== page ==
BALTIMORE - John Chaney remembers the phone call as if it were yesterday. It was a very young Congie DeVito calling to tell him about some basketball statistics he had worked up.
"This kid was as smart as they come," the old Temple coach remembered. "He read somewhere that my philosophy was just don't commit any turnovers."
So they talked for hours about that philosophy, and through the years, the philosophy of life.
"I first met him at one of our games," Chaney said.
They became great friends.
One night, Congie called the coach after midnight.
"He was screaming, he just wouldn't stop," the coach remembered.
Congie's father had been killed in a car accident. He needed to talk. So the coach listened.
"I just tried to calm him down," Chaney said. "I don't know how I did it."
Few knew how Congie did it.
He had osteogenesis imperfecta, brittle-bone disease. He lived his life in a wheelchair.
"If you touched him hard, if you embraced him hard, you could break his bones," Chaney said. "He suffered greatly."
But he suffered in silence.
There will be no silence at Pimlico today if King Congie starts making a moving toward the top in the Preakness. The colt is named for Congie DeVito, who passed away in February at 35 years old.
"He would love this," said Terry Finley, who runs West Point Thoroughbreds in Mount Laurel, N.J.
DeVito kept bugging Finley for a job after he graduated from Temple. Congie became Finley's first employee. He did a bit of everything for Finley's company, which puts together racing partnerships.
"I got a feeling something good's going to happen," Finley said. "Whether that's good enough to win, we'll know [today]. Everything is kind of coming together. We're honoring him and everybody feels good about it."
King Congie finished third in the Blue Grass Stakes. Had he won, he would have gone on to the Kentucky Derby. But the horse did not have enough earnings, so they waited for the Preakness.
In mid-January, West Point had its company meeting in Cherry Hill. Congie came in from Downingtown.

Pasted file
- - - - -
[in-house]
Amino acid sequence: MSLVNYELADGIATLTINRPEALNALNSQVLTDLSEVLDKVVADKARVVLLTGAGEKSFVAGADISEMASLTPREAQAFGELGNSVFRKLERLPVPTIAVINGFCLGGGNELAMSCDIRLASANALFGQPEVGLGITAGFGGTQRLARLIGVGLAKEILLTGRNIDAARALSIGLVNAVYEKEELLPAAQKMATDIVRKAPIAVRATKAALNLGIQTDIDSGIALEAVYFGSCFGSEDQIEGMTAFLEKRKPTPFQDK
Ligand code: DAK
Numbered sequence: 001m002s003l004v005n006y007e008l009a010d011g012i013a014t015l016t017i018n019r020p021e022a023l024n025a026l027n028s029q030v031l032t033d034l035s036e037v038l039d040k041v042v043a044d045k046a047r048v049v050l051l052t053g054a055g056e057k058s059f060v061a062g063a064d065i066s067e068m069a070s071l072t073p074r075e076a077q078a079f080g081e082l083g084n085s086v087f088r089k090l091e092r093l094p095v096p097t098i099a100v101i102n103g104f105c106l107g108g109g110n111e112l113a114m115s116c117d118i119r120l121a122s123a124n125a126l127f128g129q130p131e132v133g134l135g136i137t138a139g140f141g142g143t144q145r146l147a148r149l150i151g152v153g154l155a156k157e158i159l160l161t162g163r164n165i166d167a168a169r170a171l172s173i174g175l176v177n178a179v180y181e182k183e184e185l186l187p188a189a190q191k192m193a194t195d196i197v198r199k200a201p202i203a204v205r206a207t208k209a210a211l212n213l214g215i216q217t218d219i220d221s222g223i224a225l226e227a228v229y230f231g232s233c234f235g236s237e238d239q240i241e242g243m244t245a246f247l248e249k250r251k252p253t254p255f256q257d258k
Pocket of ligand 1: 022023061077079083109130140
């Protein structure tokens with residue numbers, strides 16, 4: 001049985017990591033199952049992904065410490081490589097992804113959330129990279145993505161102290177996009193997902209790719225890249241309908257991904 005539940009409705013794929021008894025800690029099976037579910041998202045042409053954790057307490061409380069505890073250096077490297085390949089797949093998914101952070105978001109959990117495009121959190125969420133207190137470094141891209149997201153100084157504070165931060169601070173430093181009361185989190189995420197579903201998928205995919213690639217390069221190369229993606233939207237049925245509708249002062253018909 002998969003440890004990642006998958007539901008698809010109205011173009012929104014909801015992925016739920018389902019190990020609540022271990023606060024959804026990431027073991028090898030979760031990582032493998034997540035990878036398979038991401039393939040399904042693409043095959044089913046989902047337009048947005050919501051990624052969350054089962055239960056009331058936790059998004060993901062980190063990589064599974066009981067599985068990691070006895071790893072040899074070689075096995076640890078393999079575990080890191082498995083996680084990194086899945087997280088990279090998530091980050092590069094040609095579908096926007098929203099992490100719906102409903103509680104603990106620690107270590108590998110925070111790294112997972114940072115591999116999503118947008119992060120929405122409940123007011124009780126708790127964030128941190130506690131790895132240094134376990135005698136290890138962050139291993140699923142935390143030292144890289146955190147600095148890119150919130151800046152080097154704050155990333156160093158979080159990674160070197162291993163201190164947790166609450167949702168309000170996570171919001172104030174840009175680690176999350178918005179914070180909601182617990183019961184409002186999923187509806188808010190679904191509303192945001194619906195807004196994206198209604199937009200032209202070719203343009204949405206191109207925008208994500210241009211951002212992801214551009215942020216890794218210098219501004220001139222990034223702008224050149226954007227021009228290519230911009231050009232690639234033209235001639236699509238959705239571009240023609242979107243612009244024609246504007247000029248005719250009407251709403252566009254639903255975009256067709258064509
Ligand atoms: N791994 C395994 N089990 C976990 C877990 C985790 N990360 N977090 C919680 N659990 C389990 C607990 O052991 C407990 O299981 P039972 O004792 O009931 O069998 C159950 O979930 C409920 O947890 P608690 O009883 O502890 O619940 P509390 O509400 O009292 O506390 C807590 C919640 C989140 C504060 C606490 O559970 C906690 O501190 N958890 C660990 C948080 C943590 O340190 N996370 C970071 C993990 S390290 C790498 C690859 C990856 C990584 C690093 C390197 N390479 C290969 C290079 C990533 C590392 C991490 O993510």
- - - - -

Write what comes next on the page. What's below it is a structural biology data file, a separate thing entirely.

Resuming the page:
"He had a terrible night," Finley said. "I remember his mother saying she wanted to take Congie to the hospital. He said, 'No, I don't want it to look I'm weak. I want to be at the meeting.' "
So, he went.
"He was about as brave a guy as you could ever meet," Finley said. "I know he was in pain a lot."
Chaney got a call last winter, telling him that Congie was fading, that he wanted to see the coach. Chaney no longer drives at night because of an eye condition, so Finley sent a car to take him to Deborah Heart and Lung Center in Browns Mills, N.J.
"I went over, talked with him and held his hand," Chaney said.
Congie used to sit in that wheelchair beside the Temple bench. He used to hang in Chaney's office for hours after games, talking hoops and whatever else came up.
"Here's an old-school, black, college coach with a 4-foot-2 white man in a wheelchair," Finley said. "Life is amazing when you think about it. They really loved each other."
On Jan. 1, King Congie won the Tropical Park Derby. On Feb. 6, the colt finished first in another stakes at Gulfstream Park, but was disqualified for fouling his stablemate.
"He was literally days away from death," Finley said. "I just remember he couldn't communicate. He raised his eyebrows. He had a real kind of cute way about him when something was amiss. That was really the last kind of thing that he communicated with anybody."
Chaney knew about King Congie. He did not know the horse was running in the Preakness. When he was told he said, "Bet a few dollars for me."